Michelle Marina has been tested for COVID-19 three times, but has only received one set of results — and she’s frustrated that she can’t get the answers she needs in a timely fashion.
She got tested at Humber River Hospital’s Church Street assessment centre and has had to wait more than two weeks for her results. The 14-day self-isolation window came and went and Marina still doesn’t know if she has the novel coronavirus.
“I’m just curious to know what happened to the results,” an exasperated Marina told CBC Toronto.
She is among at least two dozen people who got tested at the Church Street assessment centre and have had to wait around two weeks to get answers. She’s also just one among many Ontarians who’ve either had to wait for results, or have had trouble getting tested, as the surging number of cases in the province’s various COVID-19 hotspots has led to major testing backlogs. That, in turn, has made contact tracing difficult and in some cases impossible.
Ontario Health says its “test result turnaround target” for the provincial COVID-19 lab network is 80 per cent of tests within two days. But that hasn’t been Marina’s experience the last couple of times she’s been screened.
In late September, Marina’s kids weren’t feeling well so she got tested for the novel coronavirus along with them. They all tested negative. But a week later, she developed a high fever, cough and congestion and went for another test at Toronto Western Hospital.
When she checked online for her results she was informed her specimen had been “spilled in transit.”
University Health Network spokesperson Gillian Howard says while specimens are capped at the assessment centres, the centres themselves don’t transport them. She says if a specimen arrives at a lab and the cap isn’t intact, it would be considered spoiled and not tested.
After not receiving a result from that test, Marina went to the Humber River Hospital’s Church Street assessment centre near Jane and Highway 401 on Oct. 2.
After two weeks of waiting, she still hadn’t got her results. She learned through a community Facebook page that several others who were tested at the same place were also waiting.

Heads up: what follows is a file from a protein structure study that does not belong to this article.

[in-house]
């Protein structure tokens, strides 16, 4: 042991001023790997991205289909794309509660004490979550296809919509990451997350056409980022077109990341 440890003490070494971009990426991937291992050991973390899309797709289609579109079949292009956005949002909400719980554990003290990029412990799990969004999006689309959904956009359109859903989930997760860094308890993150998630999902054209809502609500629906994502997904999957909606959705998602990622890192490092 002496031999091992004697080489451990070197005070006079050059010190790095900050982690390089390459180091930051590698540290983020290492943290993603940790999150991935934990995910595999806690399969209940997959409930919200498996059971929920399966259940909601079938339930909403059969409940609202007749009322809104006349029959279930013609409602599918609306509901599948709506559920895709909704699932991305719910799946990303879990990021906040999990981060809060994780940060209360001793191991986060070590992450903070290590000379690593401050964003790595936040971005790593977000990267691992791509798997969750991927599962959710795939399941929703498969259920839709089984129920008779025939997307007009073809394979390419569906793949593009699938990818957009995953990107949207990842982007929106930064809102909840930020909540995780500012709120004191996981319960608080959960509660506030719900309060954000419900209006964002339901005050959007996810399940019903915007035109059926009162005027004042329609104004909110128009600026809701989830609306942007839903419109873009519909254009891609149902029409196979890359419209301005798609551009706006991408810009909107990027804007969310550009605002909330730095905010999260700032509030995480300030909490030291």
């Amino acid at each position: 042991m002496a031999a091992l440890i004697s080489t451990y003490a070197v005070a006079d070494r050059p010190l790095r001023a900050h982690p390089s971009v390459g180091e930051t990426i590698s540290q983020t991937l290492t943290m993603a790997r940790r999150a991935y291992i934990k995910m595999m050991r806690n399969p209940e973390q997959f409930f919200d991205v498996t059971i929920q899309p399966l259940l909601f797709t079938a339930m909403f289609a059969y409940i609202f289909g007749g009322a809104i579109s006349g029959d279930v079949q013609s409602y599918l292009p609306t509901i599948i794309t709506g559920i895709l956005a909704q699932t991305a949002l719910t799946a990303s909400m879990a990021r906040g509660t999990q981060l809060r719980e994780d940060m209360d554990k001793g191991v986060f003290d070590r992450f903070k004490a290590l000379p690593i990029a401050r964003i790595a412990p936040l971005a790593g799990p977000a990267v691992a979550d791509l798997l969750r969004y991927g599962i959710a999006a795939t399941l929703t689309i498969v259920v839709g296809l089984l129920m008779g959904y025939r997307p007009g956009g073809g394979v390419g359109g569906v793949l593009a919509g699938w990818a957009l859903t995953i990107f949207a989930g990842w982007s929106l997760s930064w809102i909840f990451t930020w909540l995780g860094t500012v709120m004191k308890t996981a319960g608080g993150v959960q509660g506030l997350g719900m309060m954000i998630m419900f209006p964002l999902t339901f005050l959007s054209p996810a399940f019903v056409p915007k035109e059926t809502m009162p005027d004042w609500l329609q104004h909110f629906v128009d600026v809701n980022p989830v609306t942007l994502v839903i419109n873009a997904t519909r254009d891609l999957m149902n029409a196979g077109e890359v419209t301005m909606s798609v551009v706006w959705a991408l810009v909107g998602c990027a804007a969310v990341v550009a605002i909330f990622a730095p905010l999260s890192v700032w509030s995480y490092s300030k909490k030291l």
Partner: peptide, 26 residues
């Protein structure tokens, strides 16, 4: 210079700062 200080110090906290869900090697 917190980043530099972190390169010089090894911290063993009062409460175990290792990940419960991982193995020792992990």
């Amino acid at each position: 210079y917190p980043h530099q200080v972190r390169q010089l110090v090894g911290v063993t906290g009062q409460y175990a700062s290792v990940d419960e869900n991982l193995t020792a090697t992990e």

“It’s frustrating,” Marina said.
“I help my sister’s family out quite a bit. My sister has passed away, so there are three young children,” she added.
“And I help my mother. I haven’t been able to see her because I wanted to be positive that I didn’t have it because she’s 65.
“There’s no point in me getting tested again. I’m already outside of the 14-day quarantine period. Would it be nice to know if I had COVID? Yes.”
In a statement provided to CBC Toronto Friday afternoon, Humber River Hospital said the delay in making results available online was due to a “routing issue.” The hospital said the typical turnaround time for results is three-to-five days.
The hospital said the issue was resolved Friday and all delayed results were online.
But as of Friday afternoon, Marina still didn’t know if she contracted the virus. Her results had yet to be posted online.
Family received results from MPPs’ office
Robyn Moreno also wasn’t able to get access to results after the hospital said the issue was fixed.
Her two sons got tested at Humber River Hospital’s Church Street assessment centre on Oct. 1 and 3. After about a week of waiting and not getting answers, she contacted her local MPP’s office.
On Friday morning, the office called and told her they received her son’s results via fax; they both tested negative. But, as of Friday, she was still waiting to see the results herself online.
“It’s very frustrating,” she said.
Her two sons haven’t been able to attend school in-person, which has been especially difficult for her eldest son who is in the dance program at Centennial College.
“What’s the whole point of going in for tests if you don’t even get the results until after the quarantine time? There’s no point. It defeats the whole purpose,” she said.
Faisal Hassan, NDP MPP for York South-Weston, says he received more than 25 complaints in a week about people waiting for test results from the Church Street assessment centre.
He says residents were concerned that without a result, they couldn’t return to work, go to school, or visit and provide essential care to loved ones in long-term care homes.
“We have been [identified] as a hotspot area and these delays are totally unacceptable,” he said.
“It’s forcing people to stay in isolation and they’re unable to earn a living.
He says the delay “risks making community transmission even worse.”
In an email sent Friday evening to CBC News, Ontario Health says “it appears 128 results were delayed in being posted to the public portal” between Sept. 28 and Oct. 7.
“All results have been posted on the public portal today,” the email reads.
In an earlier statement, Ontario Health said it’s continuing to expand the provincial lab network’s capacity to process tests by adding new lab capacity, securing key supplies, technology and staff.